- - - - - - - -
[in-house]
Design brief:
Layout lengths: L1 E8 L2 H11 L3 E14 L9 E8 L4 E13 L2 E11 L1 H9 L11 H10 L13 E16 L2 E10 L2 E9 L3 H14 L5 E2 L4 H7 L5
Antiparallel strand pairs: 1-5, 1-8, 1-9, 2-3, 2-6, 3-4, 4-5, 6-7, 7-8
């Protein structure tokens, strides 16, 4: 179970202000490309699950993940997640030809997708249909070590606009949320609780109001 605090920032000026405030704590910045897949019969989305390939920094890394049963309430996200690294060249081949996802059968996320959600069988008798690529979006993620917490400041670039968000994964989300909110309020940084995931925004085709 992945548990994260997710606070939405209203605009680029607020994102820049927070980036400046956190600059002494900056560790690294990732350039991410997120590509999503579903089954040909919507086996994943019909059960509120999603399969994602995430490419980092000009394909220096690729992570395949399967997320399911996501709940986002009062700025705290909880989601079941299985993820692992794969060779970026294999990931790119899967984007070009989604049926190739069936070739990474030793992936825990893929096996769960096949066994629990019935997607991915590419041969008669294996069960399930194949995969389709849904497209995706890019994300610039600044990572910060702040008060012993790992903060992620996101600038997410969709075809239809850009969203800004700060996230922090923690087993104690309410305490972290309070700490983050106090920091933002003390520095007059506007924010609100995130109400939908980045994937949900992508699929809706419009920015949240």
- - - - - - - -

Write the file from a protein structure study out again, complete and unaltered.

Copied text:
[in-house]
Design brief:
Layout lengths: L1 E8 L2 H11 L3 E14 L9 E8 L4 E13 L2 E11 L1 H9 L11 H10 L13 E16 L2 E10 L2 E9 L3 H14 L5 E2 L4 H7 L5
Antiparallel strand pairs: 1-5, 1-8, 1-9, 2-3, 2-6, 3-4, 4-5, 6-7, 7-8
């Protein structure tokens, strides 16, 4: 179970202000490309699950993940997640030809997708249909070590606009949320609780109001 605090920032000026405030704590910045897949019969989305390939920094890394049963309430996200690294060249081949996802059968996320959600069988008798690529979006993620917490400041670039968000994964989300909110309020940084995931925004085709 992945548990994260997710606070939405209203605009680029607020994102820049927070980036400046956190600059002494900056560790690294990732350039991410997120590509999503579903089954040909919507086996994943019909059960509120999603399969994602995430490419980092000009394909220096690729992570395949399967997320399911996501709940986002009062700025705290909880989601079941299985993820692992794969060779970026294999990931790119899967984007070009989604049926190739069936070739990474030793992936825990893929096996769960096949066994629990019935997607991915590419041969008669294996069960399930194949995969389709849904497209995706890019994300610039600044990572910060702040008060012993790992903060992620996101600038997410969709075809239809850009969203800004700060996230922090923690087993104690309410305490972290309070700490983050106090920091933002003390520095007059506007924010609100995130109400939908980045994937949900992508699929809706419009920015949240």